SE Optimization SE Tactics Writing/Content

How to Perform an Effective Content Audit to Improve SEO

Nothing stays the same in the wonderful world of content and SEO, and you need to perform a content audit every now and then.

The problem some digital marketers have is that a content audit sounds complex and time consuming, and therefore they put it off.

Because a content audit is so important to the long-term health of your website, boosting rankings and overall performance, it’s a necessary task for any digital marketer who is serious about their small business.

Let’s take a look at what you need to do to perform an effective content audit to improve SEO, including the key tools to use.

But first …

What is a content audit and why do I need one?

The goals of content auditing are simple:

  • To better optimize your site
  • To rank better
  • To avoid penalties

All the indexable content on your domain needs to be audited so that you know what content is performing best, what content your customers are engaging with the most and what content has seen its best days.

We perform content audits so that we’re always improving, and so that Google continues to trust our website.

When should we perform a content audit? There’s no defined time for performing an audit, but if you have content that you haven’t audited for a while – or never audited at all – now is a good a time as any to perform one.

Here’s how to do it:

Gather your data

First, create a spreadsheet for your audit so that you know where everything is.

Then, put together your internal databases and sitemaps – keep them separate, though.

Now you’re in a position to crawl your indexable URLs. Tools-wise, you can use Screaming Frog for this (as many do), but it’s a good idea to use Google Analytics too because SF is just a crawler.

Take a look at new metrics

Many of us rely on the same old metrics, but it’s now time to look beyond the usual suspects. Take a look and use different information and metrics as you assess your content inventory.

For example, if you normally track meta tags, word count, descriptions and titles, start assessing the likes of mobile readiness, page speed, pages-per-visit, time-on-site, publish date, conversions, content uniqueness, internal and external links, and organic search traffic.

Some of these metrics can be a tad problematic when analyzing them, so you need to be careful. For example, time-on-site requires you to take a look at the broader context. If a user bails out after 15 seconds, is it because they didn’t like your content, or is it because they got all that they needed already?

Organize your information into a dashboard

To keep all the data you’ve gathered nice and tidy (and so that you don’t have a meltdown), organize it all into a dashboard.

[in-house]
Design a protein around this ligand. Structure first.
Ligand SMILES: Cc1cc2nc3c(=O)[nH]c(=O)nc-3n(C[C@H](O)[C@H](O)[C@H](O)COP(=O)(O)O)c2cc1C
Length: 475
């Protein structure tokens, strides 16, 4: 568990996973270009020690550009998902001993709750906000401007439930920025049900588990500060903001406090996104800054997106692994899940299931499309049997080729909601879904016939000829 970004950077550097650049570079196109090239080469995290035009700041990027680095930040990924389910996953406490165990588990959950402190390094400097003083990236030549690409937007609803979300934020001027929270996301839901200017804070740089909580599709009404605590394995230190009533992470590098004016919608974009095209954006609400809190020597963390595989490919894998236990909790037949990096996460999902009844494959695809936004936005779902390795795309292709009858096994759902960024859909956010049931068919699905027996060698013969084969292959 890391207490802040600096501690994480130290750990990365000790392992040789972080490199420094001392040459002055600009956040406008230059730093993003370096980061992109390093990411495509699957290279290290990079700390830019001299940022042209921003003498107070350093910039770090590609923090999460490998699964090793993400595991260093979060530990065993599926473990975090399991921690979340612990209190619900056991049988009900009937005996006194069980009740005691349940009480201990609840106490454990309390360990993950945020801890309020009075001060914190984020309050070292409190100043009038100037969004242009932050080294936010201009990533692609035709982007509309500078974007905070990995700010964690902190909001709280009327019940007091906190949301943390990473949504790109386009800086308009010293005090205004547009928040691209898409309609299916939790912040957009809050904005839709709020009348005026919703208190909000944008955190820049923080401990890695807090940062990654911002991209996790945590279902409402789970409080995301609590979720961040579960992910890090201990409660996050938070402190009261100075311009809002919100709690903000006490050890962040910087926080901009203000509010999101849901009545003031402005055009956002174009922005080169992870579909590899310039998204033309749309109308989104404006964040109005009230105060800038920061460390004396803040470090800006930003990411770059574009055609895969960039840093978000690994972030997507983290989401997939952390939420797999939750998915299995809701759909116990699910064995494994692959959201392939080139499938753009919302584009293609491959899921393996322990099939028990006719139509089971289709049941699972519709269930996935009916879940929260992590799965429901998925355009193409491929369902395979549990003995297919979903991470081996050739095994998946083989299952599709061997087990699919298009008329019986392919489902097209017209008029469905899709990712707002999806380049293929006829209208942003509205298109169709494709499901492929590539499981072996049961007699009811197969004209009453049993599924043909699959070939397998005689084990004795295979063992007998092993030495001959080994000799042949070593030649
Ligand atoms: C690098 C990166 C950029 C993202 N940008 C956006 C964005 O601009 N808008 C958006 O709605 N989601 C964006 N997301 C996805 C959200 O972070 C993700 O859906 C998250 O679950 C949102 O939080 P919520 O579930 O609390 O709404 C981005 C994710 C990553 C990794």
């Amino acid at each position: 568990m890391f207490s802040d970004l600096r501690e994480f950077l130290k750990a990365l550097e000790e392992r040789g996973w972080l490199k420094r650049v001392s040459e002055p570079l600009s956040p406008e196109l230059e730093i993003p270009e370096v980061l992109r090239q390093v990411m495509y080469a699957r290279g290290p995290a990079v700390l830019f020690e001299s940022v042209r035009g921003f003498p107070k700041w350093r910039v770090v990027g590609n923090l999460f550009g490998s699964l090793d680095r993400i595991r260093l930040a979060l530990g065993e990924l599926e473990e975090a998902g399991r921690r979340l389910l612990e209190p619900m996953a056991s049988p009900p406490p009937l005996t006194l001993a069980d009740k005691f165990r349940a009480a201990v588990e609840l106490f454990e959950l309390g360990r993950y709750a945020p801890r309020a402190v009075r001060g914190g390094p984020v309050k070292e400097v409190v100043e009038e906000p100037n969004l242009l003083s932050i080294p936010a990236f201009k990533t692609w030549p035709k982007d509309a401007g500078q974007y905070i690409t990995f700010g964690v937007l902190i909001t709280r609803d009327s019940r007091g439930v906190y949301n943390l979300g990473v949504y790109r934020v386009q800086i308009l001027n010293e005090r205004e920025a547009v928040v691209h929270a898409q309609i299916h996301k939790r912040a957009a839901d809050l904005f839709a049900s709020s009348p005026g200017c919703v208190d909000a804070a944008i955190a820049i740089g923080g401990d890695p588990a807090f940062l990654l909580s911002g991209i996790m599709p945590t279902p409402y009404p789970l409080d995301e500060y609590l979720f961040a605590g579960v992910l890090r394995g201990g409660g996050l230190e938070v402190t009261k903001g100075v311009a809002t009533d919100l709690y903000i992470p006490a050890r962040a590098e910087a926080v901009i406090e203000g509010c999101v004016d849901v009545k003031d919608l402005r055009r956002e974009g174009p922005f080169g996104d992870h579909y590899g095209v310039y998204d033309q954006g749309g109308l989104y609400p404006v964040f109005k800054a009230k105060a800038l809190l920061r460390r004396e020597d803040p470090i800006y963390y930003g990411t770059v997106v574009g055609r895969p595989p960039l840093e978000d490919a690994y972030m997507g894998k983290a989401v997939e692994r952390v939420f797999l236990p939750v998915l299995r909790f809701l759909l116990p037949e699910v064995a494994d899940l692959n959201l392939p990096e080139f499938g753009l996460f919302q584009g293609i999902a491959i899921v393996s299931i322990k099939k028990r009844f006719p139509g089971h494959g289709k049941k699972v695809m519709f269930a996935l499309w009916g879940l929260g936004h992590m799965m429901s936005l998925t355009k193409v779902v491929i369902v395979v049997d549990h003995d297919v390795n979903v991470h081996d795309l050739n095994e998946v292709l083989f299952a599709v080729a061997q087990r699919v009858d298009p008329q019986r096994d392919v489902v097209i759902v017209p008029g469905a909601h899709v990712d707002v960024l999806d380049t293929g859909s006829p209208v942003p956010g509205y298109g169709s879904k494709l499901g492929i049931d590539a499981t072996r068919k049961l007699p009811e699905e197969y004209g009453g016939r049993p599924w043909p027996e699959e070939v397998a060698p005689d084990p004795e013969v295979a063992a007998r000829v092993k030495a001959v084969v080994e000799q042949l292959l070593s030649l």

This can be done manually with some coffee if you have a small website, but it’s a good idea to use Screaming Frog if you have a bigger site. It will certainly save you a lot of hassle.

Carry out the content audit

Now that your data is on a dashboard, it’s time to execute the audit.

Take a look especially at any content that might be penalized, as this is what will really harm your rankings. When we say “penalties” we don’t necessarily mean it in the harshest of terms. Duplicate content, for example, can draw an official Google penalty and this can seriously harm your position in the SERPs. But you also need to check for quality and relevance, because if a piece of content is old and no longer relevant, your ranking will drop.

For example, let’s say that I have an article all about car tax. It’s an amazing article – but it was written in 2016. Therefore, it’s no longer relevant because the car tax has changed since then.

Fortunately, my content audit will pick up on this and I can make the necessary changes.

As you perform your audit, you’ll be taking a look at lots of content marketing and SEO data. In a position to spot patterns for metrics such as 404 links, bounce rate, target keywords, inbound links, page visits, page entries and exits and so on, you can start to make better sense of the patterns and use the data to improve your SEO.

There is other key data you need to look out for, such as your CTA, page length, shares and word count.

What to do next

Once you’ve completed your content audit, you need to draw conclusions and decide on course of actions that will improve your performance.

If content is under-performing or lacks quality, either rewrite or remove it.

Double down on high performing pages. For example, create similar content to those pieces that are converting best for you.

It’s a good idea to create a to-do list, as well as set objectives and goals so that you stay on track. Perhaps set yourself deadlines, too, so that you actually take action. Performing a content audit is redundant unless you take action. Don’t forget to use an all-in-one SEO tool to help you make progress so that your refined content and SEO marketing strategies take off.

All in all, a content audit shows what’s working and what isn’t. Crucially, it shows what Google and your customers want from you. As a result, once you’ve performed your audit, you’re in a better position to put together a stronger content marketing campaign.

About the author


Aljaz Fajmut

Aljaz Fajmut is a digital marketer, internet entrepreneur, and the founder of Nightwatch — a search visibility tool of the next generation. Check out Nightwatch blog and follow him on Twitter: @aljazfajmut